National Labor Relations Board Loses Lawsuit to Block Arizona's "Secret Ballot" Law
|Arizona Attorney General Tom Horne called today's decision upholding Arizona's "secret ballot" law a "stinging rebuke" to the National Labor Relations Board.|
The voter-approved law was intended to block potential national legislation pushed by labor unions that would have allowed unionization in companies without a secret-ballot election by employees. Instead, unions wanted to be allowed to force their organizations on companies by collecting cards signed by employees over time.
Horne called Martone's decision a "stinging rebuke" to the National Labor Relations Board, which had sued Arizona to halt the law from taking affect.
A copy of Horne's news release follows:
HORNE: FEDERAL DISTRICT JUDGE DEALS BLOW TO NATIONAL LABOR RELATIONS BOARD, RULES IN FAVOR OF ARIZONA LAW THAT PROTECTS SECRET BALLOT IN UNION ELECTIONS
PHOENIX (Wednesday, September 5, 2012) -- In a rebuke to a 2011 Obama administration demand calling for Arizona to repudiate the voter-approved protection of secret balloting in union elections, U.S. District Court Judge Frederick Martone today granted Summary Judgment in favor of the State's position that the law is constitutional, Attorney General Tom Horne announced.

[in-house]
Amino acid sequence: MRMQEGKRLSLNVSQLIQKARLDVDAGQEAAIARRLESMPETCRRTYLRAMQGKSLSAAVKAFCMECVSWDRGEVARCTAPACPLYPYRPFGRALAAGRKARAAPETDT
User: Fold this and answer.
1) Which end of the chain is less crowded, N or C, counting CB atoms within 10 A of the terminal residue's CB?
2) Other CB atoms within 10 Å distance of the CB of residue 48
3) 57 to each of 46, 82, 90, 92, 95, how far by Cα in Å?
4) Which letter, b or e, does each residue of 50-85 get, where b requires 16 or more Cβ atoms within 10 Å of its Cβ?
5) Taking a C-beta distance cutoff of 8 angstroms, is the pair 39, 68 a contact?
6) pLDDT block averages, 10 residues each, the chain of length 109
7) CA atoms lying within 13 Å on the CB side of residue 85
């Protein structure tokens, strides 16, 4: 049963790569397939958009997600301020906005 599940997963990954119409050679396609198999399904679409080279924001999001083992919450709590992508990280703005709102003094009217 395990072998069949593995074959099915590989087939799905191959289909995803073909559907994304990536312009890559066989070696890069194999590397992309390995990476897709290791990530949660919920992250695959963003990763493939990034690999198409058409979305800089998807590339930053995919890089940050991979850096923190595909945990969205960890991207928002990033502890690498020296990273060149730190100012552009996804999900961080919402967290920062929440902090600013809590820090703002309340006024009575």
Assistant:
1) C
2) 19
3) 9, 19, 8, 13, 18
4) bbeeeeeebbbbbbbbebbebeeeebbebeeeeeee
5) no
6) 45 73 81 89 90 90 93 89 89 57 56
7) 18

"This is a stinging rebuke to an outrageous National Labor Relations Board attack made in 2011 when that panel tried to subvert the sanctity of the secret ballot," Horne said. "As I said at the time, this intimidation by our own elected leaders must stop, and today's court decision is a welcome step in that direction. Judge Martone's ruling makes it clear that the 2010 state constitutional amendment requiring that union elections be held using a secret ballot as opposed to using the so-called 'card-check', cannot be overruled by the bureaucrats at the NLRB. This is a tremendous victory not only for the people of Arizona, but for the institution of free elections for all people, a cherished right for which our forebears fought a revolution."
He added, "Four states, including Arizona, passed similar constitutional amendments. The NLRB threatened all four states, that if they did not voluntarily negate their amendments, the NLRB would sue. All four states refused to be intimidated. However, the NLRB only sued Arizona, so Arizona successfully carried the ball for the entire country on this important issue concerning our basic freedoms."